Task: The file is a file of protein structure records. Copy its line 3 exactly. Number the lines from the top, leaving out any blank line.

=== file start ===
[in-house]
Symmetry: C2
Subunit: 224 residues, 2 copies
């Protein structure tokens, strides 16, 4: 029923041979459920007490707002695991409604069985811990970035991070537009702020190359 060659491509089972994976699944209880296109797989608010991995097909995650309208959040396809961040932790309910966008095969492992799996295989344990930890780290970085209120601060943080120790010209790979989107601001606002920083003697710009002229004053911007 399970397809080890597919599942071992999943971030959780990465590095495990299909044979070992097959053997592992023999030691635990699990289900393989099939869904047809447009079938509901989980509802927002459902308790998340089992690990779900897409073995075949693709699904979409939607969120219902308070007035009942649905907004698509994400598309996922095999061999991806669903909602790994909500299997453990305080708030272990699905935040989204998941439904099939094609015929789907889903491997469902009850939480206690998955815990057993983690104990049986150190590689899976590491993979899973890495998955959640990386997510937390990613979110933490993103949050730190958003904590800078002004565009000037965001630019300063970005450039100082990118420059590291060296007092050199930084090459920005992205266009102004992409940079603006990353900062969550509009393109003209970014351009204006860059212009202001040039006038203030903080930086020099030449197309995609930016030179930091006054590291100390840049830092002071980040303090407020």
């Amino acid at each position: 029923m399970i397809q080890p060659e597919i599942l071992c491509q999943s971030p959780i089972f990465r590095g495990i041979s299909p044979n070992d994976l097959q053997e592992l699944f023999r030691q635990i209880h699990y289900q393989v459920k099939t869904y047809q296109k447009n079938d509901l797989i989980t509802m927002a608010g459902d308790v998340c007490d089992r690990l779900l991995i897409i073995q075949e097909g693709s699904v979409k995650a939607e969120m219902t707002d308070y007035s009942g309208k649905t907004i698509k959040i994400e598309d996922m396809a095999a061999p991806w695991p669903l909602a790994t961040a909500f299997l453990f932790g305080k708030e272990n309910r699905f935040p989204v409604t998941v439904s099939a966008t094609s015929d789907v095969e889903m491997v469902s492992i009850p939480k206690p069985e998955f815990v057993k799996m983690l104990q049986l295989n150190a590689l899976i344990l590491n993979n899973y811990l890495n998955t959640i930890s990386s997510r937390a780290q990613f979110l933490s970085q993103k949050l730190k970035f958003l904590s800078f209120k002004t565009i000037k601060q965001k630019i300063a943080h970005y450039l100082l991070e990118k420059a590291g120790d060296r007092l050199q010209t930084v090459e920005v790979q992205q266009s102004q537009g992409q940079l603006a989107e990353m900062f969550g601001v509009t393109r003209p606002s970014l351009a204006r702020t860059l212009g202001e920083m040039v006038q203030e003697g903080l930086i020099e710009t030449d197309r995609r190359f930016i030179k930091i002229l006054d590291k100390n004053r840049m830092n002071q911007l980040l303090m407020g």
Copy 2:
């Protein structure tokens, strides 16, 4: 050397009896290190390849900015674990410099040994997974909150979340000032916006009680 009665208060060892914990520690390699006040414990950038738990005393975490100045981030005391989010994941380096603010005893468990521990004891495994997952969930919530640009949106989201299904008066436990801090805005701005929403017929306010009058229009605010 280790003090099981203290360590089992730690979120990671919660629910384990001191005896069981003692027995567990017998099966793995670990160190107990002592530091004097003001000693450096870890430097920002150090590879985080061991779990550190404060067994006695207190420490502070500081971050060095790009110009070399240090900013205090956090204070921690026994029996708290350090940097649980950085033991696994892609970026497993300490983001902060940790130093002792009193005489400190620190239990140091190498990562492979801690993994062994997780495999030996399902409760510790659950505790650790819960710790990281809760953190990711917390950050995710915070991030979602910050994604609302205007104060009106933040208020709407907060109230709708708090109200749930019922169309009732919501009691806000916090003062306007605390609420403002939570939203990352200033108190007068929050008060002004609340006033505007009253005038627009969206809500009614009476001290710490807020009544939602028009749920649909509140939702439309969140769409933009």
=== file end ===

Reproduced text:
Subunit: 224 residues, 2 copies